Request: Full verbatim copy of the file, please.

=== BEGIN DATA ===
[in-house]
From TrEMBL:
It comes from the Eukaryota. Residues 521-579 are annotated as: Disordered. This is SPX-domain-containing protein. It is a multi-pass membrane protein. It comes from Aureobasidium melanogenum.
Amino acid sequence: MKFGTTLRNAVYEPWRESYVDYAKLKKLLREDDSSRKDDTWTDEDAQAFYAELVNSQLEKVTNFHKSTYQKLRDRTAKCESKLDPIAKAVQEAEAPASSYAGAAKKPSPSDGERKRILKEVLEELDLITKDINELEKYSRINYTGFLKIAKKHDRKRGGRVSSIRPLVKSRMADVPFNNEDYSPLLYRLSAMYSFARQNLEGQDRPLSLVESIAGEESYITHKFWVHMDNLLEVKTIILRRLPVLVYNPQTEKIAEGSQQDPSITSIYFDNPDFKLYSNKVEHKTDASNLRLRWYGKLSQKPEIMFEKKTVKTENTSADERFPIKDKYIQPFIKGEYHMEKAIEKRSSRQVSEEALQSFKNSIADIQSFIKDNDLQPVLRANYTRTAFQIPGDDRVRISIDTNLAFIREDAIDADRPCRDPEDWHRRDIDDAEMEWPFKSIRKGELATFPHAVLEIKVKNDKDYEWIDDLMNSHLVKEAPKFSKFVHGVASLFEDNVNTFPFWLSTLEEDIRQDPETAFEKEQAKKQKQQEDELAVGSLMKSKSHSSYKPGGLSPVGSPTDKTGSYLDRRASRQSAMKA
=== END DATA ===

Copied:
[in-house]
From TrEMBL:
It comes from the Eukaryota. Residues 521-579 are annotated as: Disordered. This is SPX-domain-containing protein. It is a multi-pass membrane protein. It comes from Aureobasidium melanogenum.
Amino acid sequence: MKFGTTLRNAVYEPWRESYVDYAKLKKLLREDDSSRKDDTWTDEDAQAFYAELVNSQLEKVTNFHKSTYQKLRDRTAKCESKLDPIAKAVQEAEAPASSYAGAAKKPSPSDGERKRILKEVLEELDLITKDINELEKYSRINYTGFLKIAKKHDRKRGGRVSSIRPLVKSRMADVPFNNEDYSPLLYRLSAMYSFARQNLEGQDRPLSLVESIAGEESYITHKFWVHMDNLLEVKTIILRRLPVLVYNPQTEKIAEGSQQDPSITSIYFDNPDFKLYSNKVEHKTDASNLRLRWYGKLSQKPEIMFEKKTVKTENTSADERFPIKDKYIQPFIKGEYHMEKAIEKRSSRQVSEEALQSFKNSIADIQSFIKDNDLQPVLRANYTRTAFQIPGDDRVRISIDTNLAFIREDAIDADRPCRDPEDWHRRDIDDAEMEWPFKSIRKGELATFPHAVLEIKVKNDKDYEWIDDLMNSHLVKEAPKFSKFVHGVASLFEDNVNTFPFWLSTLEEDIRQDPETAFEKEQAKKQKQQEDELAVGSLMKSKSHSSYKPGGLSPVGSPTDKTGSYLDRRASRQSAMKA